Working Remotely: Tips & Tricks


Working remotely comes naturally to some. Others, not so much. If you’re accustomed to going to the office each day and can’t seem to stay productive during the coronavirus lock-down, here are a few tips and tricks to working remotely to help you make it through.

Keep a Schedule

Experts agree that keeping a regular bedtime and wake time, even on the weekends, are essential components to good sleep hygiene. This practice regulates your body’s internal clock, helping you to fall asleep faster and stay asleep longer.

Also, as tempting as it is to linger over coffee in the morning and let your workday drag into the evening, don’t. Set regular working hours, just like going to the office, and stick to them.

Have a Separate Work Area

Not everyone has a spare room to set up a remote office. If you do, use it. If you don’t, find a quiet corner where interruptions will be few. Erect a privacy screen. Physical boundaries tell the rest of your family that you’re working. And when the workday is done, that physical boundary separates your personal life from your work.

If you don’t have a door to close, or a screen to put up, have some other physical sign that work is in progress. Wear a hat or put earbuds in to let your family know you’re not to be disturbed. Turn off your computer at the end of the day as a sign to you that work is done, reducing the temptation to answer emails after dinner.

Dress for Success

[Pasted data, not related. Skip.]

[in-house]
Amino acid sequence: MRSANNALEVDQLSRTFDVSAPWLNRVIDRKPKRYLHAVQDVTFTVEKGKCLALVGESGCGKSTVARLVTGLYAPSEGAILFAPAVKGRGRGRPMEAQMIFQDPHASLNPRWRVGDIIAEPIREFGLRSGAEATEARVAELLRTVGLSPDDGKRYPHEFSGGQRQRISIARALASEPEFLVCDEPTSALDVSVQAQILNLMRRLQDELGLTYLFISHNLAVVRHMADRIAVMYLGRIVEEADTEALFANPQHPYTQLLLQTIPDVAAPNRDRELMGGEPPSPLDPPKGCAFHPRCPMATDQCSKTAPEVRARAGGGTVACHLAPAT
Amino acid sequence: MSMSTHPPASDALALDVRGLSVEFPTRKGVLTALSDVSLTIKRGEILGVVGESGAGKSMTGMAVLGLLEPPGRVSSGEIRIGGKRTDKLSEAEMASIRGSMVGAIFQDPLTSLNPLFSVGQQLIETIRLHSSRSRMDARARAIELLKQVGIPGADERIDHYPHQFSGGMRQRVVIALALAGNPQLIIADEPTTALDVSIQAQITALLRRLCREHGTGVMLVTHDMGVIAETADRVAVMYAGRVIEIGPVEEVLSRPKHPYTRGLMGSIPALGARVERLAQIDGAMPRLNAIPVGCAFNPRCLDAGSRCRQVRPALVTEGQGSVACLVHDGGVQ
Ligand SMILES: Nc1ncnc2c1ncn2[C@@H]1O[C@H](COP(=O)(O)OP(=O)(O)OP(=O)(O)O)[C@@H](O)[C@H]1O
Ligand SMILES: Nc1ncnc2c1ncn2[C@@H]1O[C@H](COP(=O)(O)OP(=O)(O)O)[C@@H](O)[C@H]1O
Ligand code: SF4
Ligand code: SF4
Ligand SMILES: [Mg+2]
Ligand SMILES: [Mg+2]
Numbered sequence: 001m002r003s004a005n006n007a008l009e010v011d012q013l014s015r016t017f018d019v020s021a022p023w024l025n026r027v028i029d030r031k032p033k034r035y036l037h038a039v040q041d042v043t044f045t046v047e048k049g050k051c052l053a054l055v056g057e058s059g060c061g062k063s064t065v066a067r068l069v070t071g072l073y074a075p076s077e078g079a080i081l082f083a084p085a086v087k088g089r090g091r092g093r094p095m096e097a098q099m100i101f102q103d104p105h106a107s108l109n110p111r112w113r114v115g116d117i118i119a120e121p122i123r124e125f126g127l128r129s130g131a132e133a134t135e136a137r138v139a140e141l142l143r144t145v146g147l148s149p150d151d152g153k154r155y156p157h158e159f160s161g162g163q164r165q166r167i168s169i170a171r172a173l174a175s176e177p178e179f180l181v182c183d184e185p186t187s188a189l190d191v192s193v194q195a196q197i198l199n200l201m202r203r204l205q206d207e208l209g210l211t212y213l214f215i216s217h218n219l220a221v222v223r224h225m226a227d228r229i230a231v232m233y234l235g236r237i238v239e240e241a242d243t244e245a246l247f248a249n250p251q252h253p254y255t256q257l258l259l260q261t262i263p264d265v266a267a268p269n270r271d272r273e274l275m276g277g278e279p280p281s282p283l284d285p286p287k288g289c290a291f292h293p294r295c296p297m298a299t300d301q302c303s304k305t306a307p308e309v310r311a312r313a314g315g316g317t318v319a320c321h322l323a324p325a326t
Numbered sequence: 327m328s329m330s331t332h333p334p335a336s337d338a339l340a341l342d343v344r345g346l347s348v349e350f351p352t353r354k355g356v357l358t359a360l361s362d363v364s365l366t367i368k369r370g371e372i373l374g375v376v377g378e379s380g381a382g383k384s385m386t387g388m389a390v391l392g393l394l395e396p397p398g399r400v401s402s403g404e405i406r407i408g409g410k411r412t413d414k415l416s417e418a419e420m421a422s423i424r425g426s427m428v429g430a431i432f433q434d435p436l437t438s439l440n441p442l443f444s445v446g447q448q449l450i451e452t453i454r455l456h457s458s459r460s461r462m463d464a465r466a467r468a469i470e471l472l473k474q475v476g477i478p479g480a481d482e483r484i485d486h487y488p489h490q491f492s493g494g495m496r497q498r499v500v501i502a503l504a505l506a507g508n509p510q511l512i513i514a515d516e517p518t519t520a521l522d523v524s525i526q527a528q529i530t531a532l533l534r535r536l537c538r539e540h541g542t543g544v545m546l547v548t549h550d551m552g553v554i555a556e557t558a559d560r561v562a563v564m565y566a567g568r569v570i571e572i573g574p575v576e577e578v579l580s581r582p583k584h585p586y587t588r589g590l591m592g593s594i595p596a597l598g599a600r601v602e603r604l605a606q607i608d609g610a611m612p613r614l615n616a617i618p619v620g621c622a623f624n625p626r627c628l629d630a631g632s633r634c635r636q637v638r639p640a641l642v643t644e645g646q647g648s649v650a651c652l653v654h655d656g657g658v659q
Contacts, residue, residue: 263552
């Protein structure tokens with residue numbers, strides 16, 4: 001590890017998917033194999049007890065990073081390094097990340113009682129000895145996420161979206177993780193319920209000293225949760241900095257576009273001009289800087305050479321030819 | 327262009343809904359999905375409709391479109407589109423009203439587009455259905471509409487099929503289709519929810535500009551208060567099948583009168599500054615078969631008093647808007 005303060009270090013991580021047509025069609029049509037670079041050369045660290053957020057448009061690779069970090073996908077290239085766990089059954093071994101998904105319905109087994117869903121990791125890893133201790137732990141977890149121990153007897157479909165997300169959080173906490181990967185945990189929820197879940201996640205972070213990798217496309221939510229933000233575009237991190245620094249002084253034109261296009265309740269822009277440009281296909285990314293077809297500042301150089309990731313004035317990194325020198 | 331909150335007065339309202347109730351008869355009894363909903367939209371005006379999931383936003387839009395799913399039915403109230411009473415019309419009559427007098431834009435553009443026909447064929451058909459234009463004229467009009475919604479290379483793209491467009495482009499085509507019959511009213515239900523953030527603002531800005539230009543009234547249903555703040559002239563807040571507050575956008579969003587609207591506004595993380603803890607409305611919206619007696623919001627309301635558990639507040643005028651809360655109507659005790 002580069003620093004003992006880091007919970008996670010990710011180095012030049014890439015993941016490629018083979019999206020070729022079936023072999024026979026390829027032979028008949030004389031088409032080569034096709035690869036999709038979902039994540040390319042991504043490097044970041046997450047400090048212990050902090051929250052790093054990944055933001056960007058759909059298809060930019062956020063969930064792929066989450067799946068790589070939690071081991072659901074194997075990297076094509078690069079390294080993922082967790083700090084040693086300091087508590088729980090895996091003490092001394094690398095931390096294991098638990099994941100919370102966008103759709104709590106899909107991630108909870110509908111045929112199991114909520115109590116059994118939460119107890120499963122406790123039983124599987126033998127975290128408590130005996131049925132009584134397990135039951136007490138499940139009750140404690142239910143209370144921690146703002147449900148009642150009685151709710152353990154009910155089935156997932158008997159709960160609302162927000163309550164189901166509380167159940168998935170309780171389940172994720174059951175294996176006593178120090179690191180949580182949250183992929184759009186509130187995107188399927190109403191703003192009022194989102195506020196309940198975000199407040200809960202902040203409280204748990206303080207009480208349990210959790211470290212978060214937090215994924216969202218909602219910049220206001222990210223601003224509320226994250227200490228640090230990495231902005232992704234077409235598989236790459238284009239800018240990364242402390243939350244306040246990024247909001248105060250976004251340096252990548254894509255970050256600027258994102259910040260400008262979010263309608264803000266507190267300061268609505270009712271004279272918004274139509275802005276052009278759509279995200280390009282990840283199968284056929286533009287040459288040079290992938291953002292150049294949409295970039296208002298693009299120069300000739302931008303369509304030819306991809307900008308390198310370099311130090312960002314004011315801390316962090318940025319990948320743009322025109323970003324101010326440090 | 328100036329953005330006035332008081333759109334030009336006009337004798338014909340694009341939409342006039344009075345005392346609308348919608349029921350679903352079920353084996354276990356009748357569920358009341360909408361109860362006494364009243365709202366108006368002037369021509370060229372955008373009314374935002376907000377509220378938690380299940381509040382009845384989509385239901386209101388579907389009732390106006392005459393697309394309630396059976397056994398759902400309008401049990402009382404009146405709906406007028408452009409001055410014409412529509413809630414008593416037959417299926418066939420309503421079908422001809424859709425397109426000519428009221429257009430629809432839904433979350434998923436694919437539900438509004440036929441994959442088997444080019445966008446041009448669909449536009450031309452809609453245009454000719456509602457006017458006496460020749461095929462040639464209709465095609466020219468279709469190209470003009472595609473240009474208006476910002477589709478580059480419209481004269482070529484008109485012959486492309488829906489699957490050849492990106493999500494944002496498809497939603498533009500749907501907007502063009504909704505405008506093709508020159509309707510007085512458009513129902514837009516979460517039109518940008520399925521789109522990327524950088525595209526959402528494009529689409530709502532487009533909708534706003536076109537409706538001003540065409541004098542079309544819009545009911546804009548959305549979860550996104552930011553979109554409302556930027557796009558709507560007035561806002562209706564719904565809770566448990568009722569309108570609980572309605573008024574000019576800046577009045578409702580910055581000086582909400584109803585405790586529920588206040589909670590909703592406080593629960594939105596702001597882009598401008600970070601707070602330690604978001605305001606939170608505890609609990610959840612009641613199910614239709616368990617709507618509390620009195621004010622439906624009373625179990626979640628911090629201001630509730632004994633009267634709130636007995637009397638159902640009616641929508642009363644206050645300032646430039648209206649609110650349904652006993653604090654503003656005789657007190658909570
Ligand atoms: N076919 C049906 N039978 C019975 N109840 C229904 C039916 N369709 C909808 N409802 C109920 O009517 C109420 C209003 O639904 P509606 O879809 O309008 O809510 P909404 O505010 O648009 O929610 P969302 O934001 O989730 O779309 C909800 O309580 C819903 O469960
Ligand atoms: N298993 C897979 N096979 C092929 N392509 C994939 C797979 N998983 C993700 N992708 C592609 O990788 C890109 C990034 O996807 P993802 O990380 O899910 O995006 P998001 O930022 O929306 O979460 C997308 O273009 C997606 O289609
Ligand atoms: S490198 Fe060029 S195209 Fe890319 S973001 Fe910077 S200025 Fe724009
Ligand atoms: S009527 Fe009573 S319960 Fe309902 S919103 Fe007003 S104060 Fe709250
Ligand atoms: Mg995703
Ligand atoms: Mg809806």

You may be more comfortable working in your pajamas, but you won’t be as productive. Pajamas or other casual clothes like yoga pants tell your brain it’s time to relax. When wearing non-work attire, you’ll spend your energy trying to motivate yourself all day rather than getting work done. Shower, dress, and do your usual grooming to tell your brain it’s “game on.”

Replace Your Commute with a Routine

Your morning commute is another signal to your brain to get into work mode. Replace that with another routine, like a walk around the block. The same goes for the afternoon. Giving your brain a signal to begin and end work helps you to maintain work/life balance by putting a little distance between the two.

Use Virtual Tools Like a Pro

Setting up a remote workstation will involve using virtual tools. Here are a few steps to get you started:

  • Forward your office phone to your cell phone. Change your voicemail to match.
  • Download the calendar app you use at the office to your home computer and phone.
  • Turn on your phone’s notifications to alert you of important events when you’re away from your desk.
  • Turn on your phone’s notifications for your professional social media and email accounts so you never miss a message.
  • Upgrade your internet service, if necessary.
  • Use Zoom, or another video conferencing platform, to speak with customers and co-workers.

When working remotely, video conferencing will be the lifeblood of your operations. Remember, having face-to-face conversations results in fewer misunderstandings. To prevent connectivity problems, when you have a video call, make sure the rest of the family isn’t using your Wi-Fi for streaming or gaming. Position your monitor at eye level, raising a laptop on books if necessary. And, check behind you. You don’t want glare from a nearby window or a floor full of Legos in the background.

Of all the things to cause stress while working remotely from home, most people struggle with technology and the work-family balance. When the unforeseen happens, like your Wi-Fi crashes or a child interrupts a conference call, don’t worry. Remember we’re all in this together.


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